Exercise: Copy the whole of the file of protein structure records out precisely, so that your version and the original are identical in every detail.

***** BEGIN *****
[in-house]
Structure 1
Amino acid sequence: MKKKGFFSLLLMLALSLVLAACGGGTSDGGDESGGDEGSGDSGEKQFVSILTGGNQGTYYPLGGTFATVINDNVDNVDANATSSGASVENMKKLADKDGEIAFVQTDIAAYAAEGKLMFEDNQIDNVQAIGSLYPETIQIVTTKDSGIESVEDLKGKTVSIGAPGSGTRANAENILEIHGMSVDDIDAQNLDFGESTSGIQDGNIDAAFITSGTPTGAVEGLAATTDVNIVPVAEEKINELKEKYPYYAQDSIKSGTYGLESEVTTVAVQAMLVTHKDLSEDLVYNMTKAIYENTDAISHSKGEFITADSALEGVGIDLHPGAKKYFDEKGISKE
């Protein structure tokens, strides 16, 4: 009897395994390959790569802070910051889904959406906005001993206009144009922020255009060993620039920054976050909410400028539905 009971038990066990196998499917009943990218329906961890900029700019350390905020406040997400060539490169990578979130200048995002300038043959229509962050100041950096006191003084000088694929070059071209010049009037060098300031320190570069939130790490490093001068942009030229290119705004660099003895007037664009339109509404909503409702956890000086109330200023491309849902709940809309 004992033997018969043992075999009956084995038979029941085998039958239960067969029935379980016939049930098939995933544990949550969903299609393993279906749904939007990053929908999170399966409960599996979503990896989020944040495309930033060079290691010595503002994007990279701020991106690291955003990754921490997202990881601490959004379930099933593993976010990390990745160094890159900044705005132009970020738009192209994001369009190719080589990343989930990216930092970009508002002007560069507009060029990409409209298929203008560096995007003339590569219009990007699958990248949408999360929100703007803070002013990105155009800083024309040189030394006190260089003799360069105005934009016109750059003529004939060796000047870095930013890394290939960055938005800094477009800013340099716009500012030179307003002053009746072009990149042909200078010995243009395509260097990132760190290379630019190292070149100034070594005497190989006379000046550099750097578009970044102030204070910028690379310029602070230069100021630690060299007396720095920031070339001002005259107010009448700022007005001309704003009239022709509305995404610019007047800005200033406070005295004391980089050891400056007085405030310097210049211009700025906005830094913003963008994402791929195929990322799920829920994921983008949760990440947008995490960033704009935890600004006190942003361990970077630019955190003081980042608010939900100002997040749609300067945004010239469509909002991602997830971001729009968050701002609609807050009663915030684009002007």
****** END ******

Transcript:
[in-house]
Structure 1
Amino acid sequence: MKKKGFFSLLLMLALSLVLAACGGGTSDGGDESGGDEGSGDSGEKQFVSILTGGNQGTYYPLGGTFATVINDNVDNVDANATSSGASVENMKKLADKDGEIAFVQTDIAAYAAEGKLMFEDNQIDNVQAIGSLYPETIQIVTTKDSGIESVEDLKGKTVSIGAPGSGTRANAENILEIHGMSVDDIDAQNLDFGESTSGIQDGNIDAAFITSGTPTGAVEGLAATTDVNIVPVAEEKINELKEKYPYYAQDSIKSGTYGLESEVTTVAVQAMLVTHKDLSEDLVYNMTKAIYENTDAISHSKGEFITADSALEGVGIDLHPGAKKYFDEKGISKE
């Protein structure tokens, strides 16, 4: 009897395994390959790569802070910051889904959406906005001993206009144009922020255009060993620039920054976050909410400028539905 009971038990066990196998499917009943990218329906961890900029700019350390905020406040997400060539490169990578979130200048995002300038043959229509962050100041950096006191003084000088694929070059071209010049009037060098300031320190570069939130790490490093001068942009030229290119705004660099003895007037664009339109509404909503409702956890000086109330200023491309849902709940809309 004992033997018969043992075999009956084995038979029941085998039958239960067969029935379980016939049930098939995933544990949550969903299609393993279906749904939007990053929908999170399966409960599996979503990896989020944040495309930033060079290691010595503002994007990279701020991106690291955003990754921490997202990881601490959004379930099933593993976010990390990745160094890159900044705005132009970020738009192209994001369009190719080589990343989930990216930092970009508002002007560069507009060029990409409209298929203008560096995007003339590569219009990007699958990248949408999360929100703007803070002013990105155009800083024309040189030394006190260089003799360069105005934009016109750059003529004939060796000047870095930013890394290939960055938005800094477009800013340099716009500012030179307003002053009746072009990149042909200078010995243009395509260097990132760190290379630019190292070149100034070594005497190989006379000046550099750097578009970044102030204070910028690379310029602070230069100021630690060299007396720095920031070339001002005259107010009448700022007005001309704003009239022709509305995404610019007047800005200033406070005295004391980089050891400056007085405030310097210049211009700025906005830094913003963008994402791929195929990322799920829920994921983008949760990440947008995490960033704009935890600004006190942003361990970077630019955190003081980042608010939900100002997040749609300067945004010239469509909002991602997830971001729009968050701002609609807050009663915030684009002007």